The play activity that frequently occurs in outdoor spaces contributes greatly to bodily awareness, balance and co-ordination Greenland, Tovey describes how flexible play spaces promote risk-taking behaviour and allow children to explore the unknown. She proposes that managing risk is an essential, transferable life skill. Within the realms of early education, play has been described as a principal vehicle for learning and it is central to such curriculum initiatives as the Foundation Phase in Wales DCELLS, Given the amount of time children spend in the school environment, teachers and classroom assistants are arguably our most important play professionals.

Their jobs require extensive knowledge of play, learning and child development, and the skills to combine this successfully with the requirements of the curriculum. Balancing play provision with a need to show that children are learning can be hard work. We also have to balance the need for children to take risks with health and safety requirements, so many games and activities I remember playing are not allowed any more: conkers, marbles and climbing trees, for example.

A particular challenge is making sure that staff are well trained. In education, the focus of training is often on learning and not much time is spent on play. With my training and experience, I now value the process of play rather than focus on outcomes. Of course, we do some structured activities too but I try to make these playful by allowing children to take the lead. I feel more like an equal. There are often unexpected outcomes and this is exciting.

Playworkers are guided by a set of principles that emphasize the freedom and spontaneity of play and as such there is a focus on open-access provision, where children can come and go as they please. Playworkers use their extensive knowledge of play to provide and enrich spaces where children can engage in activities within safe boundaries. Positions might include work providing for play within out-of-school clubs, holiday play schemes or adventure playgrounds.

Teams of playworkers might be co-ordinated by a play development officer, usually an experienced playworker who has undergone additional training. I started with a playwork certificate but have since completed a variety of additional qualifications in community development, Forest School and youth work. Every day as a development officer throws up a new challenge. Variety keeps the job fresh and although I have an office base, I work at different locations to deliver training, attend meetings, run events and act as an advocate for play.

All this in addition to co-ordinating the open-access play schemes and my teams of playworkers. I meet lots of different people and like to see the positive contribution that our work has on communities. You really have to believe in what you do and have a thorough knowledge of the benefits for both the children and their communities. Specialist knowledge about the process of play and its developmental and therapeutic potential can be utilized in a range of contexts. It can be an extension to the playworker role; however, not all specialists in developmental and therapeutic play will have this background.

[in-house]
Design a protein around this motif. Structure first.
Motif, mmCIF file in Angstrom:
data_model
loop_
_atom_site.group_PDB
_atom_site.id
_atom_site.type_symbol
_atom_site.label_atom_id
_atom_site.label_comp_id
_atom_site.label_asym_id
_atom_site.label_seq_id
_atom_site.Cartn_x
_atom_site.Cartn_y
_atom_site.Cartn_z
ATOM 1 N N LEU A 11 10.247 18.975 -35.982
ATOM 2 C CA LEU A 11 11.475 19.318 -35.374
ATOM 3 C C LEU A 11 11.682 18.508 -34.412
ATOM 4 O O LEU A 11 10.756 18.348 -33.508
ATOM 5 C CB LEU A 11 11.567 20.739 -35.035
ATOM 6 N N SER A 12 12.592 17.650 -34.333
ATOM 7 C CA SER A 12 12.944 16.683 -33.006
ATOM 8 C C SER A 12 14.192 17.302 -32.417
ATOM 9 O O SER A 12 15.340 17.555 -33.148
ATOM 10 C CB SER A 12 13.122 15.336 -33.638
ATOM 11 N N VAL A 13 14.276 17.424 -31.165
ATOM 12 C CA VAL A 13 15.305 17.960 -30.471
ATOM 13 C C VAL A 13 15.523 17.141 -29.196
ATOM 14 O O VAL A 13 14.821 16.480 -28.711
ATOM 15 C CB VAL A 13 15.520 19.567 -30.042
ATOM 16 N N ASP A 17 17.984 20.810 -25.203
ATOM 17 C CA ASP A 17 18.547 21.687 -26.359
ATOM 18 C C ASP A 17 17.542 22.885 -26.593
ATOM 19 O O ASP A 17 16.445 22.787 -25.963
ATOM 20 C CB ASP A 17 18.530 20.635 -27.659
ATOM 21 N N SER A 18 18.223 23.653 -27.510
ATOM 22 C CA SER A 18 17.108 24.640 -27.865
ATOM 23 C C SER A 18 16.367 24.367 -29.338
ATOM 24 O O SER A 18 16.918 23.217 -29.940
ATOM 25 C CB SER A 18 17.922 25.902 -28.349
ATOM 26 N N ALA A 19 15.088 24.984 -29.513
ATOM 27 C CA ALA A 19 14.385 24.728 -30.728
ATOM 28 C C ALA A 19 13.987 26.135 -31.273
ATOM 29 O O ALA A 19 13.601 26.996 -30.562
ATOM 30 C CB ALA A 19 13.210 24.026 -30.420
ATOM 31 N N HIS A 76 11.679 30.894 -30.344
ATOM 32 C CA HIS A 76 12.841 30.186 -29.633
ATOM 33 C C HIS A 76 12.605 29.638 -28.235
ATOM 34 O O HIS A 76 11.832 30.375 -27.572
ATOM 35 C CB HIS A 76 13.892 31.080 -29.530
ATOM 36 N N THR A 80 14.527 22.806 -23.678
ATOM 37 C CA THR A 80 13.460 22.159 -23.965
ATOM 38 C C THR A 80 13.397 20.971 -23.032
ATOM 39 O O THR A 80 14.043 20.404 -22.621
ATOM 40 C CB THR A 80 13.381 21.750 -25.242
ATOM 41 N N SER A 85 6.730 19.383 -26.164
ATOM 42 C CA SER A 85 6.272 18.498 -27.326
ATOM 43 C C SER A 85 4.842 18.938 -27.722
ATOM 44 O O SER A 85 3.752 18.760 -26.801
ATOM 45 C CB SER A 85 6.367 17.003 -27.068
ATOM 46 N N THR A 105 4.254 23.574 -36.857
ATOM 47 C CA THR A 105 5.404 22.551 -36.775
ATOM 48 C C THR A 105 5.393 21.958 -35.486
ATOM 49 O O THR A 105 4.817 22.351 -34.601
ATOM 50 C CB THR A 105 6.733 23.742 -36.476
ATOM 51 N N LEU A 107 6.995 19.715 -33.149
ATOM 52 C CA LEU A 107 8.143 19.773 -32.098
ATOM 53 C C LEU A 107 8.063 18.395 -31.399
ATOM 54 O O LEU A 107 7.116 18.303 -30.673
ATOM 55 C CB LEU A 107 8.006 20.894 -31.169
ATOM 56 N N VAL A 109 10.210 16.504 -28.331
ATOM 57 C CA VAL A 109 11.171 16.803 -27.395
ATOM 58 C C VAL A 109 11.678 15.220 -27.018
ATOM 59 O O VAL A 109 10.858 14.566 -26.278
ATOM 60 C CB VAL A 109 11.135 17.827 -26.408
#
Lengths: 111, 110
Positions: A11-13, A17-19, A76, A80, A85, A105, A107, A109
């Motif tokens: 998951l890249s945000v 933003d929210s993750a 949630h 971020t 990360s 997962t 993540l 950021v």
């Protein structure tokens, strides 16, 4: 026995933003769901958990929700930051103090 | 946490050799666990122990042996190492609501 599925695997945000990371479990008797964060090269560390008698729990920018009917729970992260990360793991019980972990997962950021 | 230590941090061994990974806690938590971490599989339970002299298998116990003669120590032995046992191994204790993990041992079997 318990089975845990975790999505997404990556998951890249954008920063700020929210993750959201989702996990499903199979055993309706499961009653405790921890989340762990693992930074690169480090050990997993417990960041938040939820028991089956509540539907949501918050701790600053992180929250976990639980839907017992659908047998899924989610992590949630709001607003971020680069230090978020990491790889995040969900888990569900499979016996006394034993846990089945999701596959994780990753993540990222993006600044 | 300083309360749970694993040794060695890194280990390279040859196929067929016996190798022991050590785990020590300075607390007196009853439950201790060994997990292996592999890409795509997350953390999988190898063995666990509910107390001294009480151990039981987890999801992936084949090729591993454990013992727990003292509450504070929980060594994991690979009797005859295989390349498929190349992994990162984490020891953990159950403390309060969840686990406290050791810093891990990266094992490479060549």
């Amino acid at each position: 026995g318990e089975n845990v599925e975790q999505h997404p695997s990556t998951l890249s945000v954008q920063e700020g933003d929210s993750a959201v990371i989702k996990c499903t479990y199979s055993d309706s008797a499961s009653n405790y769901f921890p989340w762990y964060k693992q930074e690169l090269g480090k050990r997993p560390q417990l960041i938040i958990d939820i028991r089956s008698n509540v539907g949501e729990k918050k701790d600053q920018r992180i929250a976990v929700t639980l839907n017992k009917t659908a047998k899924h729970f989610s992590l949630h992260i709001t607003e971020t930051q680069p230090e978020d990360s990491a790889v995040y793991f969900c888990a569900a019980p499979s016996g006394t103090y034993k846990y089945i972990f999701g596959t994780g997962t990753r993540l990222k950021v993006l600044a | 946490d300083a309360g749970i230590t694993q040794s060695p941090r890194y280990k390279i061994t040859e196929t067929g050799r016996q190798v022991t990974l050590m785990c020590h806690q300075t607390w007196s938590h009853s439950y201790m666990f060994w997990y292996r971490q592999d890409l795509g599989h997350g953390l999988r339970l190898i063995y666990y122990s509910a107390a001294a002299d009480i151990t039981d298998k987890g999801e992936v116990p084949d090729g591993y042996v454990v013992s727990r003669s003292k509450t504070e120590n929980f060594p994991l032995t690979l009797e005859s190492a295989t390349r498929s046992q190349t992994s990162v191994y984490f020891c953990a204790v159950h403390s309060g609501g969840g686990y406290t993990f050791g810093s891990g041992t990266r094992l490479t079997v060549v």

For example, developmental and therapeutic play is less likely to be open-access provision and activities may be developed to meet providing for play Developmental and therapeutic play specialists 79 particular needs. In addition, there is increased responsibility for the individual child or group, rather than a general responsibility for the play safety boundaries of the environment Lindon, The practitioner may be involved with the child in the context of another professional role e.

Kerri, developmental and therapeutic play specialist, UK I have been working as a developmental and therapeutic play specialist in a primary school for two years. My role is to make sure children get maximum benefit and enjoyment from their experience of being at school, in particular helping them to make the most of play. The school I work in has a large multicultural population and I help to make sure that the play of children from all cultures is nurtured. Through play, I work with children who are finding it difficult to integrate into the school, perhaps because they are new to the area, those who need help in developing their play skills, those who have low confidence or perhaps behavioural issues.

I have a dedicated playroom for one-to-one or small-group sessions and these might involve craft activities, clay, puppets or music activities. I really love my job as I get to do something I am passionate about — play. Every day is unique, rewarding and, of course, fun. On a typical day I could have two or three outreach appointments to visit children or young people in school for therapeutic play support.

The sessions are always child-led and it works really well. This may be the only aspect of their chaotic lives where the child or young person has control. In the afternoon I run creative play sessions for small groups of children within the refuge. Funding is very poor, though. I receive referrals on a daily basis. While the initial focus was on providing opportunities for play while children were hospitalized, the role has grown considerably in scope and complexity over time.

I have been in my current post on the paediatric ward for eight years. I am one of three hospital play specialists who, with five play-leaders, make up our play team.

Play in Early Childhood: From Birth to Six Years Play in Early Childhood: From Birth to Six Years
Play in Early Childhood: From Birth to Six Years Play in Early Childhood: From Birth to Six Years
Play in Early Childhood: From Birth to Six Years Play in Early Childhood: From Birth to Six Years
Play in Early Childhood: From Birth to Six Years Play in Early Childhood: From Birth to Six Years
Play in Early Childhood: From Birth to Six Years Play in Early Childhood: From Birth to Six Years
Play in Early Childhood: From Birth to Six Years Play in Early Childhood: From Birth to Six Years
Play in Early Childhood: From Birth to Six Years Play in Early Childhood: From Birth to Six Years
Play in Early Childhood: From Birth to Six Years Play in Early Childhood: From Birth to Six Years
Play in Early Childhood: From Birth to Six Years